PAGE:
Thanks to Mr. Manulak's paper we now have a better understanding of Thomas Stone's significant role in developing the agreement which forms the basis for the existence of NATO today.
I've just finished re-reading Emily Campbell Price's "The Campbells from Auchindrain". She traces hundreds of descendants of Peter Campbell and Isabel Ferguson's family starting in mid 1700's Argyll, Scotland, (near Inverary) to the US and Canada in 1970. She peppers her 71 page manuscript, which she calls "a long letter to the family", with comments you won't easily forget. And she educates us on the finer points of Scottish genealogy with paragraphs like "The Name Rule":
In Scotland they followed what might be termed a name rule in the naming of children. The eldest son was usually named for his father's father; the second son for his mother's father; the eldest daughter for her mother's mother; the second daughter for her father's mother. If this rule had been hard and fast it would have made things easy, but there were variations...(continues for another half of a page!)
And then she admonishes us with points like:
"Surely some descendant of Peter Campbell and Nancy McArthur can do some investigating...after all...these people were pioneers, and pioneers made our country far more than politicians did. Pioneers should be remembered but how are they to be remembered if we don't know who their descendants are?"
I obtained a copy of the manuscript by making several trips to the Ft. Myers and Naples LDS church libraries and photocopying the microfiche (special ordered from Salt Lake City!). So that you don't have to go through that, I scanned the photocopied pages into PDF format which are now posted in the "Histories" section of the Family Tree database. The names in the manuscript are now also merged into the Family Tree.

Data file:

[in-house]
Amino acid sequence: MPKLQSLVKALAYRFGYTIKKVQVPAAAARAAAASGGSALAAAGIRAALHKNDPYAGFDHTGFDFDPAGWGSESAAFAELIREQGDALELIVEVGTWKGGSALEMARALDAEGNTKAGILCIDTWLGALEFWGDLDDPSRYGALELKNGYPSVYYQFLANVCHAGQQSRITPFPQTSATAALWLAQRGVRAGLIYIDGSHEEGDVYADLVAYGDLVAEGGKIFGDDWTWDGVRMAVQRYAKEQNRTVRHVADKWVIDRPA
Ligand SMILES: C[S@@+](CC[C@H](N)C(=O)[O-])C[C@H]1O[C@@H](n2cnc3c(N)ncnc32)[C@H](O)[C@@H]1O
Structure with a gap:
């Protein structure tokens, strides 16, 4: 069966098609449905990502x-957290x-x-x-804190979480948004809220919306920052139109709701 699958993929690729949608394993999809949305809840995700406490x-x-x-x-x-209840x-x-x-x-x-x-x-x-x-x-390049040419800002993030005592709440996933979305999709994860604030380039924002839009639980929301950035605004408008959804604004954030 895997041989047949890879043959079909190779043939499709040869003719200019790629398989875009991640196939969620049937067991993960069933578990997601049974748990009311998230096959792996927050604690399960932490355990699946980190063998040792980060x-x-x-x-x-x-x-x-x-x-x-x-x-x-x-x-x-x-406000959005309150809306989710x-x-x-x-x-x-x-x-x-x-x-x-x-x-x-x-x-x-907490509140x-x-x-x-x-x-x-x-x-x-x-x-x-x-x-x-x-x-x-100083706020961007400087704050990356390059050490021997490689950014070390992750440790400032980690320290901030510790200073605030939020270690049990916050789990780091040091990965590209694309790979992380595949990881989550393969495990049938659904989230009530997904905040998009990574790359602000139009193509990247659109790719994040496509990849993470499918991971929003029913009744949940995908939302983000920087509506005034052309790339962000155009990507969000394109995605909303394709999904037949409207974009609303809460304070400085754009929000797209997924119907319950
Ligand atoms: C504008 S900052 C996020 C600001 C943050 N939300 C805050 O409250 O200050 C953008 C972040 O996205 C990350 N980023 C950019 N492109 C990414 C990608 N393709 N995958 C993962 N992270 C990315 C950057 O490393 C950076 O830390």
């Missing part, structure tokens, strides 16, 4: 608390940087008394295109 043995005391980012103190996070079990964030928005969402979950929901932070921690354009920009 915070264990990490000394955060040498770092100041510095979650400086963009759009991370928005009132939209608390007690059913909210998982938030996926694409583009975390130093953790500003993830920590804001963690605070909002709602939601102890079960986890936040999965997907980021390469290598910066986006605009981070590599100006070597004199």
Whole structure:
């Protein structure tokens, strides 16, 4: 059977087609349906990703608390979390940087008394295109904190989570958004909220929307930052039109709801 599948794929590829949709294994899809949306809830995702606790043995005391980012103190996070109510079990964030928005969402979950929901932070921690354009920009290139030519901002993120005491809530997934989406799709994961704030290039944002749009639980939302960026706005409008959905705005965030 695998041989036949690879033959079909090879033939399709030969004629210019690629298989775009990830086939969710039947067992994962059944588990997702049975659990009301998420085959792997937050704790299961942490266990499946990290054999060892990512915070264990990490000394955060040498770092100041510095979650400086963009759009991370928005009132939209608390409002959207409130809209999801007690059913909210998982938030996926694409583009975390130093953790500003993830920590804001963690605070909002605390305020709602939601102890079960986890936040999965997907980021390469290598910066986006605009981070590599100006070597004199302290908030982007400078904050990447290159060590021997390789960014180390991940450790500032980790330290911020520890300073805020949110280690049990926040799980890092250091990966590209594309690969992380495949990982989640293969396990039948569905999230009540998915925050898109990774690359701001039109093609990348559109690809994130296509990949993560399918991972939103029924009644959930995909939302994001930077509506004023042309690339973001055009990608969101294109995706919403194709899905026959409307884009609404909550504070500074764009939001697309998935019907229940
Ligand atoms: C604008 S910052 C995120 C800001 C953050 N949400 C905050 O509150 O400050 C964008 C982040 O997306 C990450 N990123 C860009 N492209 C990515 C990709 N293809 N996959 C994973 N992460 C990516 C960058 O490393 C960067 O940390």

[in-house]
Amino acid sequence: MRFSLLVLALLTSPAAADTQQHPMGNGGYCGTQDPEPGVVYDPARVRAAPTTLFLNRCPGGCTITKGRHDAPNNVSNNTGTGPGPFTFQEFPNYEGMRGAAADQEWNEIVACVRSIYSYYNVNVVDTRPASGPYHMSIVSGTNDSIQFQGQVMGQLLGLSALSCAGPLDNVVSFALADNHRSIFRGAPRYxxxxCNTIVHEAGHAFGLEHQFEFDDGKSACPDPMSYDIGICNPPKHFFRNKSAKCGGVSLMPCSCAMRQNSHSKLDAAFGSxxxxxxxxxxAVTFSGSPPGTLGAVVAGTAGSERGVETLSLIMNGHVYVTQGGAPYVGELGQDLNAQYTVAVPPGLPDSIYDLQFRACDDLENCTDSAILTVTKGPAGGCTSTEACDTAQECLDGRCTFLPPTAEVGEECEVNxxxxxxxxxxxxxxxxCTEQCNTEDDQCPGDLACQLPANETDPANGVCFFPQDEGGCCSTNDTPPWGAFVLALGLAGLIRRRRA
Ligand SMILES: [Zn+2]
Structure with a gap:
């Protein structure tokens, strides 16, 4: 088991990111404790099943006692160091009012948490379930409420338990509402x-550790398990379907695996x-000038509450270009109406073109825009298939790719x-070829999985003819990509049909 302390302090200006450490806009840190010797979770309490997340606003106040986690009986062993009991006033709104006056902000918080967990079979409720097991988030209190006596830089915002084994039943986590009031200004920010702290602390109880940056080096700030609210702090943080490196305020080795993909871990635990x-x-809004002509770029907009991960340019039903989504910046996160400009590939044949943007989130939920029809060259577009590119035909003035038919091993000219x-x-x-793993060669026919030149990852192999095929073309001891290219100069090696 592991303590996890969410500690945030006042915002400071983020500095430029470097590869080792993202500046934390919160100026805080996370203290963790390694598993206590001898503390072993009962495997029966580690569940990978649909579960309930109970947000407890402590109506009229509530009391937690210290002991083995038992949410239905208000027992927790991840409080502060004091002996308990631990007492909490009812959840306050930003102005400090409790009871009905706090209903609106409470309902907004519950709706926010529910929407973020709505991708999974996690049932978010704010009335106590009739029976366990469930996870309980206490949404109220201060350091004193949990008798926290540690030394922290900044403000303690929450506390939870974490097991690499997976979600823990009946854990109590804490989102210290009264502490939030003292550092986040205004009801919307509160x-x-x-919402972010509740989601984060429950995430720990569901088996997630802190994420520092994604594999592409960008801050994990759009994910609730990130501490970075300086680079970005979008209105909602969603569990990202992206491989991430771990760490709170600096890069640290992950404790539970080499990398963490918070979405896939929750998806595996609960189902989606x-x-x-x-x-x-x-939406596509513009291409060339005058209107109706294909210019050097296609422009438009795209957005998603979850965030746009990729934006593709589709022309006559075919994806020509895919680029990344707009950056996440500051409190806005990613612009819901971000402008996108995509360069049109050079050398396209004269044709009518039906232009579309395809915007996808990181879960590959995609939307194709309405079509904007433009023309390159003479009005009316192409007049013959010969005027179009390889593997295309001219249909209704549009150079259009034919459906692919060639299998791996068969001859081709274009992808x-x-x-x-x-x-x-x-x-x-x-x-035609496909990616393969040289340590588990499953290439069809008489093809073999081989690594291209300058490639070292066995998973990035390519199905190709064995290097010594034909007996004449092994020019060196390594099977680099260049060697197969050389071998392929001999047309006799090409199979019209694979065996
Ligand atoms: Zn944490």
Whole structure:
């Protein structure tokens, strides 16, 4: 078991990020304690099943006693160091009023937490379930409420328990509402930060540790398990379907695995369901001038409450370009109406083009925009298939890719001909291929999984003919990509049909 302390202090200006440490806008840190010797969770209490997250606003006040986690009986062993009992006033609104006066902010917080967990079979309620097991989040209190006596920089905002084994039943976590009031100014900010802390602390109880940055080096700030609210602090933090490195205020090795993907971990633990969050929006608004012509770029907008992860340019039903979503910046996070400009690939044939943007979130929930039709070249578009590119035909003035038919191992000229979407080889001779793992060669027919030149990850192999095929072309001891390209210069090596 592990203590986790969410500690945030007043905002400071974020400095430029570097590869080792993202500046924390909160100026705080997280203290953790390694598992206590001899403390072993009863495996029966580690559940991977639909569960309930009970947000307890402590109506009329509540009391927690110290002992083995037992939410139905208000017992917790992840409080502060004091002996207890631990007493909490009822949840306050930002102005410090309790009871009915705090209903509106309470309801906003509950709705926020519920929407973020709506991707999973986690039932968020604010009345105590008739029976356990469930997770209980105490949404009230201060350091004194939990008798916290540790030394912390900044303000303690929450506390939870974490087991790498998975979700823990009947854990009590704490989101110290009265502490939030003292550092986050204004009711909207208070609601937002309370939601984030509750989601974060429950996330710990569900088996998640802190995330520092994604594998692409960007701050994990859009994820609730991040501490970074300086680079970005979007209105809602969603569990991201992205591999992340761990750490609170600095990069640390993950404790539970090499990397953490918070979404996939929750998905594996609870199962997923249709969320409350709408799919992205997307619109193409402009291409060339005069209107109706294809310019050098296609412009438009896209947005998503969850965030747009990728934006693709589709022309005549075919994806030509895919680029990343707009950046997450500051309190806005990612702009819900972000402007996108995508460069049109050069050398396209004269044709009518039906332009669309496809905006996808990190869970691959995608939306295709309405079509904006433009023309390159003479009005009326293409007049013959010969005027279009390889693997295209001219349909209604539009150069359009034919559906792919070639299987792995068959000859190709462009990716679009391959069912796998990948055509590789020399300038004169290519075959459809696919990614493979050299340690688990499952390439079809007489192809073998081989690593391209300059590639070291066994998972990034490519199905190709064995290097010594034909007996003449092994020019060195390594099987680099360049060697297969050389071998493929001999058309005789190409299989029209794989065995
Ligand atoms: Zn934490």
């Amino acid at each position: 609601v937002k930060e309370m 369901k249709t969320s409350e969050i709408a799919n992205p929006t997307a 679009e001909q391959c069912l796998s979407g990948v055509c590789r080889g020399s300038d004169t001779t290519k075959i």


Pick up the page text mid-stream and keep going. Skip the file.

What a pleasant surprise awaited in the email today. Judi Wallbridge McRae sent this photo of Neil Campbell , father of Hon. Archibald Campbell. When Neil died in 1880 his granddaughter Flora Maude Campbell (later Stone), was 8 years old.
The link above produces a family tree from Neil Campbell to his 4th Great Grandson Ethan Howell....born 196 years apart!
Thank you Judi!
In 1935, Thomas Archibald Stone and his wife Ellen Ewing Noyes Stone purchased a much loved and beautiful southern plantation named Boone Hall. Lots of information is available on Boone Hall as it is now open to the public, thanks to the generosity of its current owners. (Boone Hall web site)
Last week I visited Boone Hall for the first time. The Live Oaks planted hundreds of years ago that line the still unpaved driveway evoke feelings of a simpler time. The place is just peacefully beautiful.
To my delight, while looking at the exhibits in a small out-building now called the "Thomas A. Stone House", I was able to make a little discovery of my own. A framed two page letter is on exhibit, with this description inscribed in the frame:
** Update 8 Jun 2007 - Sharron Spencer, the Spencer DNA study manager on FamilyTreeDNA, informs me that the latest most up-to-date results can be found here. **